, “They extend,” he says, " at intervals through no less than such sagacity that he could not be deceived, especially when he twenty-five degrees of latitude, and near one hundred degrees purposely kept his mind on the watch ; majesty and love do not of longitude : its northernmost ridge on the north flank of the well agree, nor tarry in one avode; the father gave his son a dog:Carpathians being clearly identifiable with its southernmost the Rhine approaches the ocean; you do not know what man you known limb in Cutch, and its western masses in Spain and speak ill of; avoid the dog ; surely these things do not seem to you Morocco being similar to those of the Bramahpootra” in the suitable to a marriage ? the villas, built along the pleasant places East.

of the river, stand on its margin; the world obeys God, and the In the United States, a range of mountains near Suggs ville, seas and the lands obey hin, and the life of man obeys the comand which are about ihree hundred feet high, are entirely mands of the supreme law; I keep constant guard against thee; composed of one species of nummulites.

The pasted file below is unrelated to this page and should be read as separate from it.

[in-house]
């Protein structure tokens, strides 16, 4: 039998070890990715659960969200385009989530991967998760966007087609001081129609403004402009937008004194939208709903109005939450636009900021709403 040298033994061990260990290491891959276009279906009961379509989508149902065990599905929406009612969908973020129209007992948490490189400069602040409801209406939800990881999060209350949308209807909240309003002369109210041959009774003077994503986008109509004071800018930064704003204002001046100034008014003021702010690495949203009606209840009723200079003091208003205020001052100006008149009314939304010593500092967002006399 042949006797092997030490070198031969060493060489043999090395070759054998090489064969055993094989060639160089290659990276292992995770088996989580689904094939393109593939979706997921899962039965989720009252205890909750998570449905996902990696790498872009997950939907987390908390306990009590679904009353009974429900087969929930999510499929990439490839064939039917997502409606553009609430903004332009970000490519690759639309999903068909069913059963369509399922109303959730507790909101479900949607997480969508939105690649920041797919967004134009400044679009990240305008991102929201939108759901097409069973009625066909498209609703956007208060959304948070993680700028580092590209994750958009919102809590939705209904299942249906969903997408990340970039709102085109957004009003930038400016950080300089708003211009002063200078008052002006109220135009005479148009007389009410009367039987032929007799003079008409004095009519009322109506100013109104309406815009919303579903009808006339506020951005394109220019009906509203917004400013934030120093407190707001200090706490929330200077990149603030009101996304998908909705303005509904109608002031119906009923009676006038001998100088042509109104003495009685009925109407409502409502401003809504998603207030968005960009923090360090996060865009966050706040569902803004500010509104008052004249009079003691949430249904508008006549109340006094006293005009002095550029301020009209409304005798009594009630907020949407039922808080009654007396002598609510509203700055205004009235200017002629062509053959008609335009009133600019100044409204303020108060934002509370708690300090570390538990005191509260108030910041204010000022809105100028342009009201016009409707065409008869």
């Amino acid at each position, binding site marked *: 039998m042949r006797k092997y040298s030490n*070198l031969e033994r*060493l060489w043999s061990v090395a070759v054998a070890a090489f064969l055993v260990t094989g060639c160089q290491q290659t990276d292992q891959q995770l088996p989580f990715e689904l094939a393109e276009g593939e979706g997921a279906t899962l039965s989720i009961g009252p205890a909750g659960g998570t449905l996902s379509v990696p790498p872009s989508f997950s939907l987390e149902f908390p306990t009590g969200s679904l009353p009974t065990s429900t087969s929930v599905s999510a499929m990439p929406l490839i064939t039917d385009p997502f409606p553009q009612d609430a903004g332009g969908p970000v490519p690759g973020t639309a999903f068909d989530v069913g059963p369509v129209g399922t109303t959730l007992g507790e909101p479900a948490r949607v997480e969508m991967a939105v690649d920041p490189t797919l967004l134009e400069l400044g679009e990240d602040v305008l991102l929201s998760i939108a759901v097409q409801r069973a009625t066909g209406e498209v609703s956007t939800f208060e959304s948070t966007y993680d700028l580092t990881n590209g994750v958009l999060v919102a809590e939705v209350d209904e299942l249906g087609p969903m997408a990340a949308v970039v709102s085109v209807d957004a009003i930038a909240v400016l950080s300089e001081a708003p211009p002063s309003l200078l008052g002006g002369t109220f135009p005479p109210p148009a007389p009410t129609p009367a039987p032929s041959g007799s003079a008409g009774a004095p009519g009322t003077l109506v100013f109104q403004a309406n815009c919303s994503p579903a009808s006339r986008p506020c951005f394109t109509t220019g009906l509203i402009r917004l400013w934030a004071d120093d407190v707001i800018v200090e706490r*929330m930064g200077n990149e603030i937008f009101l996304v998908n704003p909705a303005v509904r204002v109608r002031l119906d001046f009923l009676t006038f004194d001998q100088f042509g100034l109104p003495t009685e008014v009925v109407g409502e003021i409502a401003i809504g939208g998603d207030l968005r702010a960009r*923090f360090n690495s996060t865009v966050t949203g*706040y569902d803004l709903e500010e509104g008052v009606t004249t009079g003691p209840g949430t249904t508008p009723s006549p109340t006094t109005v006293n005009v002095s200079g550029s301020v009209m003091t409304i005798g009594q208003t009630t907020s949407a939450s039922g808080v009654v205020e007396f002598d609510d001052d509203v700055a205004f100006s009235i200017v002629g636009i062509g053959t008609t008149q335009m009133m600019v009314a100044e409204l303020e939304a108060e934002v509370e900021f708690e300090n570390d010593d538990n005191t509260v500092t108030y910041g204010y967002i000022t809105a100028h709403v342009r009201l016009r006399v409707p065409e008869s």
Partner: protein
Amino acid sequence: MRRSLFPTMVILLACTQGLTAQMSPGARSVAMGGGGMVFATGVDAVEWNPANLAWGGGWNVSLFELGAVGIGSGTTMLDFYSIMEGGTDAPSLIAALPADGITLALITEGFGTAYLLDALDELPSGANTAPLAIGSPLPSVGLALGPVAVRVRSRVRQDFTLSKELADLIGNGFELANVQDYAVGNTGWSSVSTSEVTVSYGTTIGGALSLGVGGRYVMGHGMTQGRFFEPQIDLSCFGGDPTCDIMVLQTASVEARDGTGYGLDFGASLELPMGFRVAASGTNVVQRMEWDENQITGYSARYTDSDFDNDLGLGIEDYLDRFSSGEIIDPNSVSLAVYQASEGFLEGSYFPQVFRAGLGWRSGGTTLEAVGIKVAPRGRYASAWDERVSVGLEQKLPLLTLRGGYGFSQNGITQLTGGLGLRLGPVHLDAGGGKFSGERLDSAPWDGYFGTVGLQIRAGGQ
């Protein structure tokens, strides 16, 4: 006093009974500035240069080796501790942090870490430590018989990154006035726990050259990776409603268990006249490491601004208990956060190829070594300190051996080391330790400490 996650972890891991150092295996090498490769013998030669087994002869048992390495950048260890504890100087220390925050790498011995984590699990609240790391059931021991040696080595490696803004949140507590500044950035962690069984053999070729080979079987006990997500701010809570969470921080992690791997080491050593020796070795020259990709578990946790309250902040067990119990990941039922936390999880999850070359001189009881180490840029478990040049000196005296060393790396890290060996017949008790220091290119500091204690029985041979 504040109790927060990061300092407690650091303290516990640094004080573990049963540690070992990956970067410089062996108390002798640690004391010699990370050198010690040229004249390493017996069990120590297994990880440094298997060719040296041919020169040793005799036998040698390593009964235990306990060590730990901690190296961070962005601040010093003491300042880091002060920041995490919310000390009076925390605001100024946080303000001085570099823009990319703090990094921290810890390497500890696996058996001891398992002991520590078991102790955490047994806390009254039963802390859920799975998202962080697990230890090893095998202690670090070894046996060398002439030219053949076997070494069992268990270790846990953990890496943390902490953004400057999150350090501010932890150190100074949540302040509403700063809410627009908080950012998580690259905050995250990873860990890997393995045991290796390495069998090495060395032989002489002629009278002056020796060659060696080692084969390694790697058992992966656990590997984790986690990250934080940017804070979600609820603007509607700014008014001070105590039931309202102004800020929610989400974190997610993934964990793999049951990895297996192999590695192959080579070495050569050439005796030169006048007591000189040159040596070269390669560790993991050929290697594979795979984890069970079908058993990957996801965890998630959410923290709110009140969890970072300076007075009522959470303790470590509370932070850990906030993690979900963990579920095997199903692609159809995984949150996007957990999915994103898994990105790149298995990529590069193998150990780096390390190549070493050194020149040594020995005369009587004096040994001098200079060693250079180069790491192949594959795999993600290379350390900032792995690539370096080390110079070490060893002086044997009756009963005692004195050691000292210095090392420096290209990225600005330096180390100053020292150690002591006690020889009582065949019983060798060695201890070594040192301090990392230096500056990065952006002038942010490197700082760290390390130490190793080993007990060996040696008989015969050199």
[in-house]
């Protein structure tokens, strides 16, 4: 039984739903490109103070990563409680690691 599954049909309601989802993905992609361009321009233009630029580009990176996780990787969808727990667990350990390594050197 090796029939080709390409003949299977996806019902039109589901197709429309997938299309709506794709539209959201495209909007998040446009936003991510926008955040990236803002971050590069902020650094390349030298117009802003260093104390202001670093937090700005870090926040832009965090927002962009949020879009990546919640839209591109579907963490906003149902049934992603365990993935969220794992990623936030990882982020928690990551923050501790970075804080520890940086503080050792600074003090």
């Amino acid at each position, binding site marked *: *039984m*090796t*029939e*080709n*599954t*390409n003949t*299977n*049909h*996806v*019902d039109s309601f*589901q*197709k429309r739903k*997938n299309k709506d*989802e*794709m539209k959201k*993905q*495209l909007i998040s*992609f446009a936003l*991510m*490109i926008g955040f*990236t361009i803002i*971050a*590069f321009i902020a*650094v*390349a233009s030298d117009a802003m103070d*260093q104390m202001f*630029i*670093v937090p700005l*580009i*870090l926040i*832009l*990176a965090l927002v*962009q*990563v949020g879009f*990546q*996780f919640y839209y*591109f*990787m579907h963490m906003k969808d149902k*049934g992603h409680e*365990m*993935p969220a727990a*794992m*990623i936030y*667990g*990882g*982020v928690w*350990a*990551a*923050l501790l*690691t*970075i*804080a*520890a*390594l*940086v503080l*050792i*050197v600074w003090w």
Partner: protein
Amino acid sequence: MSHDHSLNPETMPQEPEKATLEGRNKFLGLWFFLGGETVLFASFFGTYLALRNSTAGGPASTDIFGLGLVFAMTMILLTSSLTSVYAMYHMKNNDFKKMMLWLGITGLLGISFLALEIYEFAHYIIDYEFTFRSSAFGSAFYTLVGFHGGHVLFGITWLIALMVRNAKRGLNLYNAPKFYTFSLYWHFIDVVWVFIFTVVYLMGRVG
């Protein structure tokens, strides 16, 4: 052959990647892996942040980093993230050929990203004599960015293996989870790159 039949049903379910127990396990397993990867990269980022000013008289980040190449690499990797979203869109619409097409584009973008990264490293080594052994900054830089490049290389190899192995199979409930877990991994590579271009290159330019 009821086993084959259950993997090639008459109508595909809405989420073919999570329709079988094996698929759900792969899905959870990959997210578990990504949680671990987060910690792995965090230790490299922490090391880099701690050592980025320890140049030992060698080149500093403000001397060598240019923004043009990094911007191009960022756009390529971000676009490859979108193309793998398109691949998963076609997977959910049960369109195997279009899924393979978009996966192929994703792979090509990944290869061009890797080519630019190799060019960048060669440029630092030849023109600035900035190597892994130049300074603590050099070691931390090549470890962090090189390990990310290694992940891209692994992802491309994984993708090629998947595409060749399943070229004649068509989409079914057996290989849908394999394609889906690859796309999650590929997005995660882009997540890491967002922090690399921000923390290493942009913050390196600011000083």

it is agreed between Dejotarus and myself [comma after convenit)

that he with his troops should be in my camp; he advised Pompey In our own country, especially in Sussex, the blue clay that to fear my house and be on his guard against me ; but it is agreed is found at Bracklesham and Stubbington, and the calcareous to by all that the Sibyl brought three books to Tarquinias Supersandstone that is dug up at Emsworth and Bognor, abound in bus; it is foolish to allow what you can prevent; neither the plan nummulites.

por the conversation suits me; an image of victory stood in the The facts which have been briefly stated in this lesson right hand of Ceres; the Parthians had taken the standards from show to you what an important influence the number, the Crassus; Caesar betrothed the granddaughter of Atticus to growth, and the decay of minute bodies and invisible agents Tiberius Claudius Nero ; it is advantageous to the country itself to have had in the slow but progressive formation of our Earth's have citizens who perform what they owe to their parents; no fool crust. The contribution of each is almost unappreciable eren by nor diskonest person can be well off'; Caesar made to his country the microscope, but the enormous masses produced by their a present of his grudges; Perseus familiarly smiled on person's numerical profusion are incalculable. Well might infinite whom he scarcely knew; the praise and the glory of other men are Power stand over these stupendous operations, and ask "who things; who has not heard of the watchings (vigiliae) of Demos